PARASHAT SHEMOT

January 16, 2020

Saturday 18th January 2020                                                                                       21st Tevet 5780

 

 

PARASHAT SHEMOT                                                                                                  Herschel

Exodus 1:1 – 6:1; Isaiah 27:6 – 28:13; Matt 2:1-12

Exod 1:1

  1. And (or now) these are the names of the children of Israel who came to Egypt;

     “V’eila shemot B’nei Yisrael haba’im mitzrayimah

 

 

‘Shemot’ means ‘names’. And so, as is the custom, the 1st parasha and the entire book of Exodus share the same name -  úåîù -  Shemot – Names!

 

  1. Notice the ‘and’: ‘and these are the names’ (some translations say ‘now these are the names’). The sages infer that the ‘and’ (Hebrew    ‘ve’) - connects the books of Genesis and Exodus. In other words, Exodus continues where Genesis left off.

 

In the latter chapters of Genesis, we see Jacob and his entire family began the process into exile by going down to Egypt because of the severe famine in the region.

 

     2.  The Hebrew word ‘haba’im’ translates more accurately as ‘who were coming to Egypt’.  äîéøöî íéàáä ìàøùé éðá úåîù äìàå

 

Why does it express this in the present continuous verb form?

 

The sages suggest that it is because it indicates a new phase in their lives in Egypt. Jacob had already died and now, Joseph’s death was imminent. As long as Joseph was alive, Pharaoh and the Egyptians treated the Israelites with deference and respect. However, Joseph’s passing introduces Israel descent into spiritual slavery. Furthermore, it was the death of the 70 souls that came down to Egypt, including the twelve sons, that marked Israel’s descent into physical slavery. This was expediated by the ascension of a new Pharaoh who did not know Joseph or the special arrangement with the Israelites. And therefore, it was as if they were just arriving in Egypt for the first time!

 

There are 2 dominant themes that underscore the entire book of Exodus and I recall this very clearly because over 20 years ago, Rabbi Russ Resnick taught a module titled “Torah and Messianic Judaism” here in Cape Town and he emphasized this point.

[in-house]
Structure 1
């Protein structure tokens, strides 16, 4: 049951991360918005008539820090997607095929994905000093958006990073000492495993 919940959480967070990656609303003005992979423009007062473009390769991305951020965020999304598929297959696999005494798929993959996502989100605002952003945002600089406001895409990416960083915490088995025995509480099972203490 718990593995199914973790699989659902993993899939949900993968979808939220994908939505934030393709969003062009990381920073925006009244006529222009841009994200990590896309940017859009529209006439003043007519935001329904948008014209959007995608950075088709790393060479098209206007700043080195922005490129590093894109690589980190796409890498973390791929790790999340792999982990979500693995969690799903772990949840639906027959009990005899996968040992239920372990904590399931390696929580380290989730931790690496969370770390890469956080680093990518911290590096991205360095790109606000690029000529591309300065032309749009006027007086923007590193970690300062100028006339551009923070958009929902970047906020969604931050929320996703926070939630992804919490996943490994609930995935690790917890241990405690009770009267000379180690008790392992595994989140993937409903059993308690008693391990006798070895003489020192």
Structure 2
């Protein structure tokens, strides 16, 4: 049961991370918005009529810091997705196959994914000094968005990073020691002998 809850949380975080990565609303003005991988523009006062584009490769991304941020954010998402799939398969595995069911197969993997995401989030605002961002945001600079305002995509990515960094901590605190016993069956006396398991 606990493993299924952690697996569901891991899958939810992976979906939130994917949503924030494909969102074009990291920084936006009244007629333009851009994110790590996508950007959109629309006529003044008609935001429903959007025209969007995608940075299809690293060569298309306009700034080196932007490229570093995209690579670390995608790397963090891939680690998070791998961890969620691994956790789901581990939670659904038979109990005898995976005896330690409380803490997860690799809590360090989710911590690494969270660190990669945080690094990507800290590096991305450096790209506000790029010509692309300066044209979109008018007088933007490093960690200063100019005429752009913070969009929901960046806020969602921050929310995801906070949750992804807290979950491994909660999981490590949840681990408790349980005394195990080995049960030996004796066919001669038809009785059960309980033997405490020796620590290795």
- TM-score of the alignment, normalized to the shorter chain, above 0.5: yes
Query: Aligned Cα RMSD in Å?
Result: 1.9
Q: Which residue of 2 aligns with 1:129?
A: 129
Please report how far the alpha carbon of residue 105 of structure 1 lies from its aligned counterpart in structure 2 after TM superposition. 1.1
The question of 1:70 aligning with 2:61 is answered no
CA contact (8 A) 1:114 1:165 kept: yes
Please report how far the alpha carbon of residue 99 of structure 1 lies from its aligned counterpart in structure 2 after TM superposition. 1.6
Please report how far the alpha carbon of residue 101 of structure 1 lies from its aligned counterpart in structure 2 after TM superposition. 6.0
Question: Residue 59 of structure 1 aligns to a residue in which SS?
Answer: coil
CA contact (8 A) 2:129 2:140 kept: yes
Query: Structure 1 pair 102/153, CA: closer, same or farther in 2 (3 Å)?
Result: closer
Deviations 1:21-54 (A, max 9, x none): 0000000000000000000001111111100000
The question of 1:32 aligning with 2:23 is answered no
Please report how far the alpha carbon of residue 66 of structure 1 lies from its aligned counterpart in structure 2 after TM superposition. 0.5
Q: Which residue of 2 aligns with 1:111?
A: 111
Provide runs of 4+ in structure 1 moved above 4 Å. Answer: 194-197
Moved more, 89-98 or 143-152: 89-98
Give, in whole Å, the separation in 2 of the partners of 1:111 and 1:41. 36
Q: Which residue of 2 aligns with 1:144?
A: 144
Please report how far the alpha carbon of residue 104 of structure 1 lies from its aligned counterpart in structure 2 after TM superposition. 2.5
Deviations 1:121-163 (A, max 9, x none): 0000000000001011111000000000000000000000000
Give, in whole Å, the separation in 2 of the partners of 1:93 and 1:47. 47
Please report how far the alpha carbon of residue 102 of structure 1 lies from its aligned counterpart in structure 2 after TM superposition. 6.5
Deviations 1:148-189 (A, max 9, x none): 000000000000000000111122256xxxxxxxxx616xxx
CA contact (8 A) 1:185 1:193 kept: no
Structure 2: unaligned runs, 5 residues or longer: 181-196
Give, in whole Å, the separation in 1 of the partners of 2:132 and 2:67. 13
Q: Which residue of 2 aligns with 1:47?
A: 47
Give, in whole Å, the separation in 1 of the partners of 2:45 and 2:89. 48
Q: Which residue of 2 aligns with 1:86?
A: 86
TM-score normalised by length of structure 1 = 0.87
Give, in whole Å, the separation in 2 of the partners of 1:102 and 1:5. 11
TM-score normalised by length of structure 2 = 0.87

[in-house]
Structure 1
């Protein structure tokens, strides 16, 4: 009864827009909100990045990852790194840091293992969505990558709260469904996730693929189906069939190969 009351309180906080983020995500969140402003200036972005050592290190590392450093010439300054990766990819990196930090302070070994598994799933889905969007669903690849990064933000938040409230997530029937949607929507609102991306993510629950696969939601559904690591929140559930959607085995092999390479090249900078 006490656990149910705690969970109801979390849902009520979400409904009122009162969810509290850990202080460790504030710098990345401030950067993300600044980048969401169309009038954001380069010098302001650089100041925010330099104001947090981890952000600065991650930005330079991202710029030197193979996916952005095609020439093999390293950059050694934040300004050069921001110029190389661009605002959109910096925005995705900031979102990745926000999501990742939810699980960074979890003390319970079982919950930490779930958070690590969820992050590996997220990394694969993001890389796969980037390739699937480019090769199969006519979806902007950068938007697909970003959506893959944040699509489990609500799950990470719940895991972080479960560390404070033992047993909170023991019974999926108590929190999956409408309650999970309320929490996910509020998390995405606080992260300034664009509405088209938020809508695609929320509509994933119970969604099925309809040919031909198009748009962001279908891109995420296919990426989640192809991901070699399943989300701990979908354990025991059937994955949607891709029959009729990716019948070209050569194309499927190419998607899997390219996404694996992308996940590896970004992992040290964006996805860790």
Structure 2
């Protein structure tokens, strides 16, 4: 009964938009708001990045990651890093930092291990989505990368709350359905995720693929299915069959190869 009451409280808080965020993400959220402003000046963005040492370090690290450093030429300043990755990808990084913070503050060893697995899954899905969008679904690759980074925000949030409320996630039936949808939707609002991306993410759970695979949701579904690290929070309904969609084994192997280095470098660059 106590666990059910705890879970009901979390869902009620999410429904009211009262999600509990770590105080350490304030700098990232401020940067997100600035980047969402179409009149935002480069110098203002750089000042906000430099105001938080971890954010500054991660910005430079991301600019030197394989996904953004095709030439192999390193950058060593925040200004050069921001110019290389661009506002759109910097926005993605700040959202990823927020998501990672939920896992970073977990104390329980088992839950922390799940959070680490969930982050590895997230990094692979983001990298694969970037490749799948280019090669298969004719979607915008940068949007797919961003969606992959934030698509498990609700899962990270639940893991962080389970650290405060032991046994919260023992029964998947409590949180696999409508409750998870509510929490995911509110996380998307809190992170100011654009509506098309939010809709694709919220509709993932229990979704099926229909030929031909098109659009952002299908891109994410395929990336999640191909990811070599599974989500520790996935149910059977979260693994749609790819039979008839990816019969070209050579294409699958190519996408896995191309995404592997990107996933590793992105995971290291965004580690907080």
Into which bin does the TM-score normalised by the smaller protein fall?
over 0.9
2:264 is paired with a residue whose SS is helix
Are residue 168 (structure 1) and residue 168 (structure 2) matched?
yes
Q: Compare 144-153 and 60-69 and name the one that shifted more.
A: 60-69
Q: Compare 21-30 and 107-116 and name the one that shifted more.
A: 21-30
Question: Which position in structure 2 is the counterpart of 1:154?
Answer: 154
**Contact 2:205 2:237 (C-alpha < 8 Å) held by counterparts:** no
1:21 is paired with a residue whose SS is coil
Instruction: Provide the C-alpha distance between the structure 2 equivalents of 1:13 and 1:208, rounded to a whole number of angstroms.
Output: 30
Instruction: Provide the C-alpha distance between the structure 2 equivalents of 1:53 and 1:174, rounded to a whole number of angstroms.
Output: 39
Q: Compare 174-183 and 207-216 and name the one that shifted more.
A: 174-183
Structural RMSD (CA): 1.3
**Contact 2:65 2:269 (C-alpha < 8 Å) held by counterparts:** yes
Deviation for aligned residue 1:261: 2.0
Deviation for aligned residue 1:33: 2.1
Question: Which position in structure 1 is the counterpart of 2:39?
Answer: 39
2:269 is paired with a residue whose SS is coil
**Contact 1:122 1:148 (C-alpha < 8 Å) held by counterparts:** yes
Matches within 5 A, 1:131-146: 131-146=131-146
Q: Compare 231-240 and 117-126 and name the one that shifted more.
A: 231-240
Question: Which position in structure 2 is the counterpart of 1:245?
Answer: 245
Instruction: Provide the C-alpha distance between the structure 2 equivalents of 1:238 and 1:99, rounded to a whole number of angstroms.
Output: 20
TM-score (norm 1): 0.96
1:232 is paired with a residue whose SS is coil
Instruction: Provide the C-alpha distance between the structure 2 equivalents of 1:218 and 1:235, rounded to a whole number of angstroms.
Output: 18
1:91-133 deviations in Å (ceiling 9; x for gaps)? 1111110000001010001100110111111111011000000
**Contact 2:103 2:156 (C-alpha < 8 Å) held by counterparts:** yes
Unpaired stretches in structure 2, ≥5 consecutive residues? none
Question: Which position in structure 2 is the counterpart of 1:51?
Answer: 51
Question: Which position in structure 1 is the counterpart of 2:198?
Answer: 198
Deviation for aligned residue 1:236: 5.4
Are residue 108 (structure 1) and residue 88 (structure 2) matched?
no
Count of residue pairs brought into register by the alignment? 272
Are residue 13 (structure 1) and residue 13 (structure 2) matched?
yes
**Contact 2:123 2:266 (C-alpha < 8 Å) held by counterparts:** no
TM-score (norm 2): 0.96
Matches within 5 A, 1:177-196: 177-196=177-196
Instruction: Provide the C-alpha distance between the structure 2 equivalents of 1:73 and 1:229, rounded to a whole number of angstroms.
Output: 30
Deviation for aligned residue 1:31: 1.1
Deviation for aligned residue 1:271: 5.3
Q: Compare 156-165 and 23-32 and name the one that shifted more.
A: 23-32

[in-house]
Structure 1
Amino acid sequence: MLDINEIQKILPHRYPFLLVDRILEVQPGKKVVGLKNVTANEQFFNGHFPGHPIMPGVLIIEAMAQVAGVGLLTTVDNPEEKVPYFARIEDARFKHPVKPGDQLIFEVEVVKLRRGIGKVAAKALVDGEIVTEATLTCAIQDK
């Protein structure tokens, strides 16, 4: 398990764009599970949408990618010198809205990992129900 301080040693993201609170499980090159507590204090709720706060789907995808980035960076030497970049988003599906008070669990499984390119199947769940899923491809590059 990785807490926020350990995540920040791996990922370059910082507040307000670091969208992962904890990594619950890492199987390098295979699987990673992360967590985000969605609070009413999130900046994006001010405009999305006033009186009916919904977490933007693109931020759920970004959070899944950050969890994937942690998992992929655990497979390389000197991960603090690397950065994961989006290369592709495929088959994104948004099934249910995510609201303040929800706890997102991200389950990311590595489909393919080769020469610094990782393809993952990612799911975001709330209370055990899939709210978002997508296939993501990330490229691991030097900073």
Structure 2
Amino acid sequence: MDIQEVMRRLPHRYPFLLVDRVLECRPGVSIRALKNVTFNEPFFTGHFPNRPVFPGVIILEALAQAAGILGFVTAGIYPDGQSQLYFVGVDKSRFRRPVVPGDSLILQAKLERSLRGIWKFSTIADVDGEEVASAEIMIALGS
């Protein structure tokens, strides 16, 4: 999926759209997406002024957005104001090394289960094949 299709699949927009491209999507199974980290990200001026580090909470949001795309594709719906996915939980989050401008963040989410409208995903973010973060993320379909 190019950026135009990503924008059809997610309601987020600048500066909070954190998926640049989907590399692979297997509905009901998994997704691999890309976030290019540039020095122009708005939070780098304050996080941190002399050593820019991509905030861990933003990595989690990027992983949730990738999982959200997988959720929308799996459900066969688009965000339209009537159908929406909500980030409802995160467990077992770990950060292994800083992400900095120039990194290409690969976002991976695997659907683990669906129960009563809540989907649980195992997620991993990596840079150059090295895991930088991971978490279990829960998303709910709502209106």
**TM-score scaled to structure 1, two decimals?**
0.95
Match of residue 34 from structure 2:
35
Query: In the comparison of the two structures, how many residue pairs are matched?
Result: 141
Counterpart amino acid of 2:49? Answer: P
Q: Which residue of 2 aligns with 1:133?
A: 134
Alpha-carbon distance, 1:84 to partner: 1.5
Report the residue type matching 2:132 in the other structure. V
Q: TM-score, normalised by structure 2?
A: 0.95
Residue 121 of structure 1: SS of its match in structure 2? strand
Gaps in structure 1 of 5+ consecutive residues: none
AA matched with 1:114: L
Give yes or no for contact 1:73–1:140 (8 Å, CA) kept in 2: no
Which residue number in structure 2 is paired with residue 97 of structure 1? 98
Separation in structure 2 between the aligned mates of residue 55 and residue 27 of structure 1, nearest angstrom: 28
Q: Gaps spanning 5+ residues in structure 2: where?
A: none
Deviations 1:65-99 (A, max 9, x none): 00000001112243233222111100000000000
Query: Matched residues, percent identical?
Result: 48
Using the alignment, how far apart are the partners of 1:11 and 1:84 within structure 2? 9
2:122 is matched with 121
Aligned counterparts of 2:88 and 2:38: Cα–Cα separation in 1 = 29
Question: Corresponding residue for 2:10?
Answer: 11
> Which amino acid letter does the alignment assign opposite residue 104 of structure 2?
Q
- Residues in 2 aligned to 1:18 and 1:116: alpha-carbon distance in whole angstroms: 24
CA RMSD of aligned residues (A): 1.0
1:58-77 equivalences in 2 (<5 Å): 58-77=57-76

Ex 5:1

1          Afterward Moses and Aaron went in and told Pharaoh, "Thus says the LORD God of Israel: 'Let My people go, that they may worship Me in the wilderness.'"

 

This is repeated 8 times in the book of Exodus!

 

  • Let My people go

  • That they might worship Me

 

And that, dear friends, is the Good News realized in the life, ministry, death and resurrection of Yeshua, our Messiah! The messianic redemption, as I have taught on numerous occasions, will follow the pattern of the exodus from Egypt. Just as Moses led the Israelites out of the physical oppression in Egypt, so too, will the “Righteous Branch” of Jeremiah’s prophecy in chapter 23, lead God’s people out of exile into the Promised Land of the Kingdom, there to live in peace.

 

Rabbi Lord Jonathan Sacks has this to say about the book of Exodus.

 

The opening chapters of Exodus plunge us into the midst of epic events. Almost at a stroke the Israelites are transformed from protected minority to slaves. Moses passes from prince of Egypt to Midianite shepherd to leader of the Israelites through a history-changing encounter at the burning bush. Yet it is one small episode that deserves to be seen as a turning point in the history of humanity.

 

Its heroines are two remarkable women, Shifra and Puah, who were midwives. They were instructed by Pharaoh to commit infanticide but they refused his direct orders.